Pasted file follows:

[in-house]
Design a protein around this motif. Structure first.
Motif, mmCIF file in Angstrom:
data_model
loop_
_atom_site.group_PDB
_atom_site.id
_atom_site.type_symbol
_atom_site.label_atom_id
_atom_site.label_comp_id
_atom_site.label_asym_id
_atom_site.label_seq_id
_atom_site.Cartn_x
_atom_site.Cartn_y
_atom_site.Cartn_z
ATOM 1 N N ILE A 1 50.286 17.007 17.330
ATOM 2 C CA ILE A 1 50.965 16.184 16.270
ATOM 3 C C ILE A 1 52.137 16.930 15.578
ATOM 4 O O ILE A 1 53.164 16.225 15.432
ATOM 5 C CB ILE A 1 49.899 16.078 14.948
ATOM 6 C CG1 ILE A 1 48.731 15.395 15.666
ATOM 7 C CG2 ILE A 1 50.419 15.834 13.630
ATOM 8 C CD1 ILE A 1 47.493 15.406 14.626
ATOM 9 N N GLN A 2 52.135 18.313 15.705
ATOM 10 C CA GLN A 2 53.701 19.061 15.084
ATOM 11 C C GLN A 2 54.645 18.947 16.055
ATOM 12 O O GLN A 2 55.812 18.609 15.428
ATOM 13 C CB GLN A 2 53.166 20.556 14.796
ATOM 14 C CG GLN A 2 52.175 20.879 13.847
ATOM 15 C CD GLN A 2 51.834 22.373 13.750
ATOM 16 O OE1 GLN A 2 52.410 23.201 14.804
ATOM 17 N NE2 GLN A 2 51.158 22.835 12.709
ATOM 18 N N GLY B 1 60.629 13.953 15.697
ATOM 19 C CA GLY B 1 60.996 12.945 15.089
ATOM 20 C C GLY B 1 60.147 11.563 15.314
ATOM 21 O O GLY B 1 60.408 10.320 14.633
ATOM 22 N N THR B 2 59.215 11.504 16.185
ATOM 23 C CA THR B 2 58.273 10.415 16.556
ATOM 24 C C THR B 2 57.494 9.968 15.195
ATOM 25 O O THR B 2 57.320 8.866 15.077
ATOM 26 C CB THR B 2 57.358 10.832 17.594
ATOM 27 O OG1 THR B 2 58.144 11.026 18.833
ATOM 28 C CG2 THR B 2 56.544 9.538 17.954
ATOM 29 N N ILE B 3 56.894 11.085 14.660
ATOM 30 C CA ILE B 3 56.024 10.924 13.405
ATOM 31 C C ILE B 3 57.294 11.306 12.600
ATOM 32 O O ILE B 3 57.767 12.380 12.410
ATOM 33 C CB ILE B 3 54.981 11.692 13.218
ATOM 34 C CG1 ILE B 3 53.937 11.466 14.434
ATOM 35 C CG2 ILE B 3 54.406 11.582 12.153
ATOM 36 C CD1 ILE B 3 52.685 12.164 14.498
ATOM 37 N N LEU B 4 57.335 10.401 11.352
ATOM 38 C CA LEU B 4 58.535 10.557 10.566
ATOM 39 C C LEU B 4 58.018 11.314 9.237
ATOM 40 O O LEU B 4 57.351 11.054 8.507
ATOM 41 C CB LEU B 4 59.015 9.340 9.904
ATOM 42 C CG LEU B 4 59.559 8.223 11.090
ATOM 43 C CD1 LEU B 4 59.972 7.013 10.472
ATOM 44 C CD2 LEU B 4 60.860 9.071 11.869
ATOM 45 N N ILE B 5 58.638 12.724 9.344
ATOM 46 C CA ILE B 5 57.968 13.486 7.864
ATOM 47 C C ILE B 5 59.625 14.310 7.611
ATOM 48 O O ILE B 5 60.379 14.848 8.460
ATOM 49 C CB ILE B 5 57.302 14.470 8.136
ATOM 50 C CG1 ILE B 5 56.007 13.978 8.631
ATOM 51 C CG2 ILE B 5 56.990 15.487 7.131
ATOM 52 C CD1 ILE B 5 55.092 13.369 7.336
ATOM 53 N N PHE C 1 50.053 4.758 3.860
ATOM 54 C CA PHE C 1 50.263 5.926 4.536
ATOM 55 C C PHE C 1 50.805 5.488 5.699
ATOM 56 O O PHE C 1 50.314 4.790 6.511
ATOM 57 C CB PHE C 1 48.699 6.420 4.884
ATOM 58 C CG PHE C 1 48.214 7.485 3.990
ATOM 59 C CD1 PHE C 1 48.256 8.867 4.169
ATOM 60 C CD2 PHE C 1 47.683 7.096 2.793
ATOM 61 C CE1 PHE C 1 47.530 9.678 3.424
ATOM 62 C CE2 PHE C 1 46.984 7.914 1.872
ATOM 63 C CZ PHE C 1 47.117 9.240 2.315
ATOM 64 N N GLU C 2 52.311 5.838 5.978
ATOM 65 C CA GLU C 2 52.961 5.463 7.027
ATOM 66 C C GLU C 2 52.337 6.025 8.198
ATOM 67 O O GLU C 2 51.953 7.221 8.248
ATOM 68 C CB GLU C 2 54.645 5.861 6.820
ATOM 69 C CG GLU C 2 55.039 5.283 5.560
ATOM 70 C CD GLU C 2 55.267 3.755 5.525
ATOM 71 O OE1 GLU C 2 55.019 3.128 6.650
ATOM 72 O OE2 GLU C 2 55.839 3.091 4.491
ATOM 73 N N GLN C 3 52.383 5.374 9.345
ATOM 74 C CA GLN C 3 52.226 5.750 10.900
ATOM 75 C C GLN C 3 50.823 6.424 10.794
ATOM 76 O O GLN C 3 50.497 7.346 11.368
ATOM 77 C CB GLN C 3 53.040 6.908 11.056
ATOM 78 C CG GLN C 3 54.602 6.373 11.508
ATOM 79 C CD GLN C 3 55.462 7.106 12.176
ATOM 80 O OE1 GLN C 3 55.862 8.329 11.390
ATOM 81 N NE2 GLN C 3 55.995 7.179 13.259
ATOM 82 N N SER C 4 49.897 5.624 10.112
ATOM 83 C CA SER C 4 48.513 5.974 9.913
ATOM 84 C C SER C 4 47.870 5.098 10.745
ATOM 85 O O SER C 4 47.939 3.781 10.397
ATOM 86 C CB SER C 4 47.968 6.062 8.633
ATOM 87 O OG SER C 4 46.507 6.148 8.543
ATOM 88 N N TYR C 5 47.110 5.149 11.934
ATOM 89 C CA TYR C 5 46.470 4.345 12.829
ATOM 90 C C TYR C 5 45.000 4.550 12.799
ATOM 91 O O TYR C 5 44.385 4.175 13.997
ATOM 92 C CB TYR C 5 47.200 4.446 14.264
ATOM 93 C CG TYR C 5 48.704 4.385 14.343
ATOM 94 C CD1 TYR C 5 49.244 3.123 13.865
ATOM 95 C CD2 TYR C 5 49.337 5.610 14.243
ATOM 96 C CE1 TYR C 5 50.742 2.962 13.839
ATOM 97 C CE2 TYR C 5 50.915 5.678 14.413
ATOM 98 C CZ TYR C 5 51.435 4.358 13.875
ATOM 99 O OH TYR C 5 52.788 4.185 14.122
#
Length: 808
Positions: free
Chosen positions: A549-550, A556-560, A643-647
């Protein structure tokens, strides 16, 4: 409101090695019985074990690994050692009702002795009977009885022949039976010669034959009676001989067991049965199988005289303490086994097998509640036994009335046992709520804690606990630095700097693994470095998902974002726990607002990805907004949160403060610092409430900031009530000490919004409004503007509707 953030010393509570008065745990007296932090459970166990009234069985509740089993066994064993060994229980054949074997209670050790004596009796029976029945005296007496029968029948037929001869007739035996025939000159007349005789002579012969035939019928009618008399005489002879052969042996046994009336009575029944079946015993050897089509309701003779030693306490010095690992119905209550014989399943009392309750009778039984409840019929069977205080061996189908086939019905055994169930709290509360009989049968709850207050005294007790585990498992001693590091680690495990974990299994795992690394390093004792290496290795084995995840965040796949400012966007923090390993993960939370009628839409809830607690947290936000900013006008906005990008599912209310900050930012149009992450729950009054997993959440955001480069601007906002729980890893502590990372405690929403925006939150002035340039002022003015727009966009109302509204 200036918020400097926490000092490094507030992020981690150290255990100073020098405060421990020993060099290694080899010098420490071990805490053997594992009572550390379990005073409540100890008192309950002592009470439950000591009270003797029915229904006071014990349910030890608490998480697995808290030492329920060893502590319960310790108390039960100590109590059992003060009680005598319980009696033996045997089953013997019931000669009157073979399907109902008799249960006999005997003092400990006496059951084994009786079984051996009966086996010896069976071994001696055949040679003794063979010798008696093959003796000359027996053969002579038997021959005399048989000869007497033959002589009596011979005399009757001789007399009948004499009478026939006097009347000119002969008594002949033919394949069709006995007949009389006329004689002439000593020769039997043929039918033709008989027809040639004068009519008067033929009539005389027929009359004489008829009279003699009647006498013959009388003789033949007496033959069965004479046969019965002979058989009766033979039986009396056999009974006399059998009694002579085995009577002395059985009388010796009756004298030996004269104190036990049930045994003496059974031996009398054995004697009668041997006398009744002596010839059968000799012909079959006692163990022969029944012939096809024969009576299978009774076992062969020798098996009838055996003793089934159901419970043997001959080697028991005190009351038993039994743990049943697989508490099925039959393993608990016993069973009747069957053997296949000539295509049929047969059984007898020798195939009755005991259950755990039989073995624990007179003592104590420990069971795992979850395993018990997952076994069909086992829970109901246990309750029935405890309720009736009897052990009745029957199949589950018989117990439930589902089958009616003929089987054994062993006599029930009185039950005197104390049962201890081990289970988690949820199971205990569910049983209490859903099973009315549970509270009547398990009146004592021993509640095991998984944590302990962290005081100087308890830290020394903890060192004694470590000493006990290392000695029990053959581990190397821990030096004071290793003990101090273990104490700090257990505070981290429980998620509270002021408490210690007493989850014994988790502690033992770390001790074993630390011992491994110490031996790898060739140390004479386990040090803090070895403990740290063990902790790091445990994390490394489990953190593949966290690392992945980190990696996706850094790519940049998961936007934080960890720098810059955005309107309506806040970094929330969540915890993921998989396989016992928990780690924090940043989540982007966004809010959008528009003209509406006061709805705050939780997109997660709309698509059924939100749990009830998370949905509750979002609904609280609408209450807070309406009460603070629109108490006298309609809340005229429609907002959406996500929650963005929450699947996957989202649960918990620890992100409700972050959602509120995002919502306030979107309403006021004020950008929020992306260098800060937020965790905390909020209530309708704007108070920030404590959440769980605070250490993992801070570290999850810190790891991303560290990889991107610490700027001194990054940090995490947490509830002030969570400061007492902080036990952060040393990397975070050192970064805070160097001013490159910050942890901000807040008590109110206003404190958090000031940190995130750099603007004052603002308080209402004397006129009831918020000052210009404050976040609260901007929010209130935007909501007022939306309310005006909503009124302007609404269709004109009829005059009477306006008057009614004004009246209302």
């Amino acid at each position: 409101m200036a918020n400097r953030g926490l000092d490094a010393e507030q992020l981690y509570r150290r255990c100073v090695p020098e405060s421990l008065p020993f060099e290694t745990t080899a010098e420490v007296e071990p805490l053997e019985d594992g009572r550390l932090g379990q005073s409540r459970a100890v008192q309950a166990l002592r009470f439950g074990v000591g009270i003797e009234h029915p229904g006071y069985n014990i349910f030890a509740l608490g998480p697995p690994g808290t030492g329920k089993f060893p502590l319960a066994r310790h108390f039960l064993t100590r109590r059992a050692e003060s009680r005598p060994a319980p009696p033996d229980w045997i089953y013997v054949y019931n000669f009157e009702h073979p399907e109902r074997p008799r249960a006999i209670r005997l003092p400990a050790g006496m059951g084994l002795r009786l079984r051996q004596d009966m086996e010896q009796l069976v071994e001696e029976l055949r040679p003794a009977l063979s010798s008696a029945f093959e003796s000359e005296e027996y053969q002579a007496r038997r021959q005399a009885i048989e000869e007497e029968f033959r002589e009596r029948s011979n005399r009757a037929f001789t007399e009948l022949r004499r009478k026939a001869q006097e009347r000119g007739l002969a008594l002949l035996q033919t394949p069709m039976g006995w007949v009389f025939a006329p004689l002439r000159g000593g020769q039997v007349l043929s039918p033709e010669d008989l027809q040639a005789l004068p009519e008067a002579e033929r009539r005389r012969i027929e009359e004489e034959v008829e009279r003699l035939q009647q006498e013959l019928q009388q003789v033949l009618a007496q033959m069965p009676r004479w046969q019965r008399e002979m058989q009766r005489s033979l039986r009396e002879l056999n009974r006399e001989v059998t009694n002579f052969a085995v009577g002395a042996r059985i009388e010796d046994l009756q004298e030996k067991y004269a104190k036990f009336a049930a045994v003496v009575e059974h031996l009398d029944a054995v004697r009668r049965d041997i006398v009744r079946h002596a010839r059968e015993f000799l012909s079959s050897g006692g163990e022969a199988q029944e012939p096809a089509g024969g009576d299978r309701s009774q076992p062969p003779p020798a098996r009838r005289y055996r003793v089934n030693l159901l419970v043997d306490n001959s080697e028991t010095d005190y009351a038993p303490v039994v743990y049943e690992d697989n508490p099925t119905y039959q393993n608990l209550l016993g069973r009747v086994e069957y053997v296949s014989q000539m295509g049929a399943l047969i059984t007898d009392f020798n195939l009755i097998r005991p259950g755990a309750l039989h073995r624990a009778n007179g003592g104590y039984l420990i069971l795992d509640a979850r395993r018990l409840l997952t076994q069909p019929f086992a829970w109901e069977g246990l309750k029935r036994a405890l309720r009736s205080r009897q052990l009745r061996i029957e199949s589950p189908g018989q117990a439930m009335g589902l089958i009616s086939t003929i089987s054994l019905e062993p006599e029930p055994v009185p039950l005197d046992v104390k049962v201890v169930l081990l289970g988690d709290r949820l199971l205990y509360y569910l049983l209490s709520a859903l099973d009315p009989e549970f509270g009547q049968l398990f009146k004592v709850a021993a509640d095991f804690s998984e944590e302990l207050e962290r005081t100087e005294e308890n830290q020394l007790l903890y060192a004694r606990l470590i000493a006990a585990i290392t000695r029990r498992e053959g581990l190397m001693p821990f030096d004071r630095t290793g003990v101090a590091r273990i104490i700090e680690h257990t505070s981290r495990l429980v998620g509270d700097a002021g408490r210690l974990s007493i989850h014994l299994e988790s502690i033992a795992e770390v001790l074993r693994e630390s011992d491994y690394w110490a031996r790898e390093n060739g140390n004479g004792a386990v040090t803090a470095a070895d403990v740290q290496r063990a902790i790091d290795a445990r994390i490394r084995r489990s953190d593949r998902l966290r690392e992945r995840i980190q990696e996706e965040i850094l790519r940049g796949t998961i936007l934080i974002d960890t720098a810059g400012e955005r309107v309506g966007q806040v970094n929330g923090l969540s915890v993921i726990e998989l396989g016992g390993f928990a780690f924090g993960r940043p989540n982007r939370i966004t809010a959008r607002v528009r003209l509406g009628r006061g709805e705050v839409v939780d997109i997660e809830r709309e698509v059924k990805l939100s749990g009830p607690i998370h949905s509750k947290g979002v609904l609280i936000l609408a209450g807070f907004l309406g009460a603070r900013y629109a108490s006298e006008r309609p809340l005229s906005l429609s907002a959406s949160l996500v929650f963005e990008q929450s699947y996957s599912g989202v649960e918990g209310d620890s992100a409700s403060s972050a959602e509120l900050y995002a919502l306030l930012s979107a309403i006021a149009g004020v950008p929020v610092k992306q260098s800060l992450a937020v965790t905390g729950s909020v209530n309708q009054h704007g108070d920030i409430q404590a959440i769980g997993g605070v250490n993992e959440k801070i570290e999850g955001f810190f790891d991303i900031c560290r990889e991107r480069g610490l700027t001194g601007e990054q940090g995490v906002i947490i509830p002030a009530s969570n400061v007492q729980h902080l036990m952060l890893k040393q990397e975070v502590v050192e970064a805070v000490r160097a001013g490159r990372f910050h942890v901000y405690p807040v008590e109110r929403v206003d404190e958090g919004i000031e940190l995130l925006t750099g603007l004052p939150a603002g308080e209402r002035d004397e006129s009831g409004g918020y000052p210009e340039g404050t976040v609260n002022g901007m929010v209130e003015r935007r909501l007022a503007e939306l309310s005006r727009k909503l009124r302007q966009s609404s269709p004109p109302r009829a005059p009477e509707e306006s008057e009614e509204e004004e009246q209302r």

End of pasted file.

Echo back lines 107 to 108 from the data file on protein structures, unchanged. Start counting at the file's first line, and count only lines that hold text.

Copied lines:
ATOM 92 C CB TYR C 5 47.200 4.446 14.264
ATOM 93 C CG TYR C 5 48.704 4.385 14.343